Business is a growing industry and a key contributor to economic growth. It generates employment, income and wealth for people and business institutions. A business environment involves a complex set of interacting factors that have an influence on its performance. Business studies is a discipline in applied mathematics that makes use of statistical data and economic theory to study the relationships among firms, workers, products and marketplaces. There are different topics that are covered under this discipline including business cycles, business economics, business timing and structure, demand, pricing, production, finance and marketing. The economic theories used by these courses help students to predict the behaviour of the firms and relate them with the external and internal factors that affect the performance of a business.
A number of advanced studies and advanced learning options are available in the field of applied economics. Some of the most important areas that are related with this subject include: macroeconomics, microeconomics, and statistics of business. There is also an application-oriented approach to economics that makes use of advanced mathematical tools. Some of the topics covered in these advanced studies are: supply chain management, microeconomics, information technology, economic growth, international trade and monetary policy.
A major portion of applied economics focuses on macroeconomic concepts such as inflation, interest rates, employment, inflation productivity and monetary policy. Applications that are directly related to business activities are also covered in the course. The breadth and depth of applied economics make it an important part of the education system today. Some of the topics covered in business economics include: corporate finance, decision making, pricing, environmental issues, government regulation, intellectual property, marketing and innovation, outsourcing and firm evaluation.
A major part of business economics curriculum is taught through teaching and research methods applied to different firms. Some of the topics taught include: human resource management, marketing, accounting, economics of financial markets, production and cost analysis, trading, distribution, financing, economics of international transactions, decision making, firm decision-making, decision solving, entrepreneurship, ownership, financial markets, banking and lending. Some of the programs offered by colleges and universities to focus more on teaching applied economics or managerial economics, while others provide a complete curriculum in business economics. Most of the programs offered focus on business models, managerial decision-making and economic development.
Applied business economics has some common ground with other curricular subjects such as accounting, business, economics and math. The two fields often draw on similar theories and methods. Courses taught in business economics include: decision making, time, cost, flexibility, organization and capital, market structure and economic theory.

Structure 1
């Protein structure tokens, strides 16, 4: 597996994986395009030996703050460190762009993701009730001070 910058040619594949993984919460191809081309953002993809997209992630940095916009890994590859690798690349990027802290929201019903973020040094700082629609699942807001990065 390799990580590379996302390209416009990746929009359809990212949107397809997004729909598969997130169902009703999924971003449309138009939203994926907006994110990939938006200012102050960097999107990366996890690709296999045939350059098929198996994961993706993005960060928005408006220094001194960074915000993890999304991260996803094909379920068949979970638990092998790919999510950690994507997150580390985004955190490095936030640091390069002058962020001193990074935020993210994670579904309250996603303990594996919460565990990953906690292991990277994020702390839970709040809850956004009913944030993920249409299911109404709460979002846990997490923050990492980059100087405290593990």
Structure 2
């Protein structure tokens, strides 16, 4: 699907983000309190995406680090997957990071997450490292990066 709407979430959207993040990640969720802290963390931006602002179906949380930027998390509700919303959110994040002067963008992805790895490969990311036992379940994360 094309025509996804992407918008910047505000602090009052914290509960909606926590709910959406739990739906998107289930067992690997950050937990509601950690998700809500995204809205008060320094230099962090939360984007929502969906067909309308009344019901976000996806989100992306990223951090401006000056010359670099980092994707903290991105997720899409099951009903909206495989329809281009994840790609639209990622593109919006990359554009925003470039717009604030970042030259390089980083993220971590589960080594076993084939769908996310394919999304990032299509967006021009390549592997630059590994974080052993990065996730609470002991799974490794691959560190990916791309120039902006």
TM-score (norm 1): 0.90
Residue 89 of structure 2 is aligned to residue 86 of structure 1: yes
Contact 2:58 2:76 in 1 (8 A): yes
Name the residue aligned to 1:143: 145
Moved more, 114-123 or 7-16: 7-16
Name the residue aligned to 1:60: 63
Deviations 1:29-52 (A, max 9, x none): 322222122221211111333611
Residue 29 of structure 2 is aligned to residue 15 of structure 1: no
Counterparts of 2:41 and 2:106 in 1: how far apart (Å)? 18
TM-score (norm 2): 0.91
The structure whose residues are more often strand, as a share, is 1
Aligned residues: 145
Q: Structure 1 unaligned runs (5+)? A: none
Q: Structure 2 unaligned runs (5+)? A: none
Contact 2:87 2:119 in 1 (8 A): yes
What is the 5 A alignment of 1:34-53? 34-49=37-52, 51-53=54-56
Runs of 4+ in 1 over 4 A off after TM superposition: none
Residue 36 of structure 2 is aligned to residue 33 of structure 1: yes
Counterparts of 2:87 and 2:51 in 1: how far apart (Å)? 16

There are a number of organizations and associations that conduct applied business studies. Among these include the American Enterprise Institute, Association for Business Economics, Center for Competitive Markets, International Business Watch, Institute of Economic Analysis, Pacific Legal Institute, and The Ohio State University. There are also professional associations such as the Association of Personal Financial Advisors (APFA), the National Foundation for Credit Counseling, the National Association of Personal Financial Advisors (NAFPFA), and the National Foundation for Securities Commissions (NFSC). They provide courses and resources for business economists and other interested professionals. These associations also publish a variety of business publications such as peer-reviewed Journal of Marketing.
There are a number of nonprofit organizations, as well, that conduct research and analysis of business practices. Examples include the National Bureau of Economic Research, the Federal Reserve Bank, and the Center for Education Statistics. Other nonprofit organizations include the Organization for Economic Co-corporation, the Institute of Museum Technology, and Institute of Public Administration. There are also governmental agencies, including the Federal Trade Commission, the Small Business Administration, and the U.S. Department of Agriculture. Many of these organizations conduct government-funded programs for disseminating information about business economics and other related topics. A few of these organizations provide scholarships to students interested in studying business economics.
The business economy is a complex system with influences from many aspects of the economy. Changes in the overall state of the economy affect the profitability of small businesses. As such, understanding how business cycles affect the economy is vital for small businesses owners, even if they do not directly affect the economy at large. The size of the economy and its health both depend on the health and profitability of small businesses. By investing in knowledge and promoting entrepreneurial ideals, small businesses can contribute to the strength or health of the nation’s economy.